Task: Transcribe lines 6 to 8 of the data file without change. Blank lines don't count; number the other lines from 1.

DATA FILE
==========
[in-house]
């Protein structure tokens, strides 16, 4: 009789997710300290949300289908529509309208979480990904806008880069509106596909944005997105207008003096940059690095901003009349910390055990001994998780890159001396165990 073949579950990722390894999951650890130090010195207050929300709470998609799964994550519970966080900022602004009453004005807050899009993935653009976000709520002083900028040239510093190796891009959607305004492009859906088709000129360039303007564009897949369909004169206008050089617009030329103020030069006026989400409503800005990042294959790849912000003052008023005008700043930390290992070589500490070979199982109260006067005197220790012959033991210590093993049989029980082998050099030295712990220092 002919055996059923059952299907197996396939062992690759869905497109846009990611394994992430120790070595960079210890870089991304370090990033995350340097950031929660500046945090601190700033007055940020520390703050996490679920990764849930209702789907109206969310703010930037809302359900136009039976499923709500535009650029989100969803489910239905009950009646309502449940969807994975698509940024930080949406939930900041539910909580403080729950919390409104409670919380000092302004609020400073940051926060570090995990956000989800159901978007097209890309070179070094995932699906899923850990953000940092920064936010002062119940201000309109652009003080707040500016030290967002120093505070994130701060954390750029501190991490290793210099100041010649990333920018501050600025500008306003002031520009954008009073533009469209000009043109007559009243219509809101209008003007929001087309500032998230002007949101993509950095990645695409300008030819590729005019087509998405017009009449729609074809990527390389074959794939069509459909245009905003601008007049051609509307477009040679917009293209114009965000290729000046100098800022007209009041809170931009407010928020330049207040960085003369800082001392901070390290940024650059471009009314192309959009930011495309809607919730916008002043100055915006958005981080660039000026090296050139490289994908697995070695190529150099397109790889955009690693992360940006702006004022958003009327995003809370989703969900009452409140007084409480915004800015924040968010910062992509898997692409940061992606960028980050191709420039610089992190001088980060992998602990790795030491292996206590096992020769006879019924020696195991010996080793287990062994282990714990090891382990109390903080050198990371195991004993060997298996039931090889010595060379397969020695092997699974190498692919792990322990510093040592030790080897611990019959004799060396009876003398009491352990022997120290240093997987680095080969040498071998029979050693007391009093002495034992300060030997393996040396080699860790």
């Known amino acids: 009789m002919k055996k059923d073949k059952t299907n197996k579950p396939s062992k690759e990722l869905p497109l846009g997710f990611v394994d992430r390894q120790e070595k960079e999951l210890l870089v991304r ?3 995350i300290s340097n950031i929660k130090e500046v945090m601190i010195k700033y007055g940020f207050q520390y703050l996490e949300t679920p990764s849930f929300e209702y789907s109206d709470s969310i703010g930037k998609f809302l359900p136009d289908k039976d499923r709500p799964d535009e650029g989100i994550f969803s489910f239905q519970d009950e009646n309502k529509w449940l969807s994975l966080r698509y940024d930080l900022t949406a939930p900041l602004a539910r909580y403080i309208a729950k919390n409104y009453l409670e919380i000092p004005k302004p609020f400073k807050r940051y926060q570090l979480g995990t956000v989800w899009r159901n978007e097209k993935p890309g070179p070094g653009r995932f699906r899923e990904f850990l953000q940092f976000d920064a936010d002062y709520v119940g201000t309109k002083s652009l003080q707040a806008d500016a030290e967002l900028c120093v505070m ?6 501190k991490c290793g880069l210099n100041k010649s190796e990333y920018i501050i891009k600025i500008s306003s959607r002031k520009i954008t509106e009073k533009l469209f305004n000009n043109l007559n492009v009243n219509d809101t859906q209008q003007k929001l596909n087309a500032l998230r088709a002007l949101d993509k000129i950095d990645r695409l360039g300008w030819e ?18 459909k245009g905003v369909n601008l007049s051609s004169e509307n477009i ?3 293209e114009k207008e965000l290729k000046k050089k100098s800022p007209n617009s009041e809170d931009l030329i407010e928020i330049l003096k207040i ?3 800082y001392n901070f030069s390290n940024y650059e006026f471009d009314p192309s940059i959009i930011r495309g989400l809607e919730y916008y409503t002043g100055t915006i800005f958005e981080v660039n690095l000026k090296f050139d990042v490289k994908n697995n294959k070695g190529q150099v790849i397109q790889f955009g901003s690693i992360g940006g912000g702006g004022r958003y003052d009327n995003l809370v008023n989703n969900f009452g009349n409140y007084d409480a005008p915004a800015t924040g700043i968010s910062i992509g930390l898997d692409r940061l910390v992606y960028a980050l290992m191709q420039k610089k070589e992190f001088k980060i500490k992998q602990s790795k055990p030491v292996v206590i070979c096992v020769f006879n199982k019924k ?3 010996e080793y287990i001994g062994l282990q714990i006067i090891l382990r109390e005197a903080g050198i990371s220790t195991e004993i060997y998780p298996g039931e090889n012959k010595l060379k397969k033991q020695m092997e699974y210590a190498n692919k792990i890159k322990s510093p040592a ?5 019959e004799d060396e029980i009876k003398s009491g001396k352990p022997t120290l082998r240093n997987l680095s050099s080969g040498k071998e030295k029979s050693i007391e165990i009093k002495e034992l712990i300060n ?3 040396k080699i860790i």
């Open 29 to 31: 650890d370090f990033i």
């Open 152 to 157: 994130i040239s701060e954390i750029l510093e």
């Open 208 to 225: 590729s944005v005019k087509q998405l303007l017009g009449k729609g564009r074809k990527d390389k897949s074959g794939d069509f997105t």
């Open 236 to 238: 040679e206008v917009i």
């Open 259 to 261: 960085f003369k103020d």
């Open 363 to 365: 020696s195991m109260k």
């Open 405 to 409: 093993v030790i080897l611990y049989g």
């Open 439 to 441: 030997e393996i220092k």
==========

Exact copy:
């Open 208 to 225: 590729s944005v005019k087509q998405l303007l017009g009449k729609g564009r074809k990527d390389k897949s074959g794939d069509f997105t």
């Open 236 to 238: 040679e206008v917009i």
């Open 259 to 261: 960085f003369k103020d």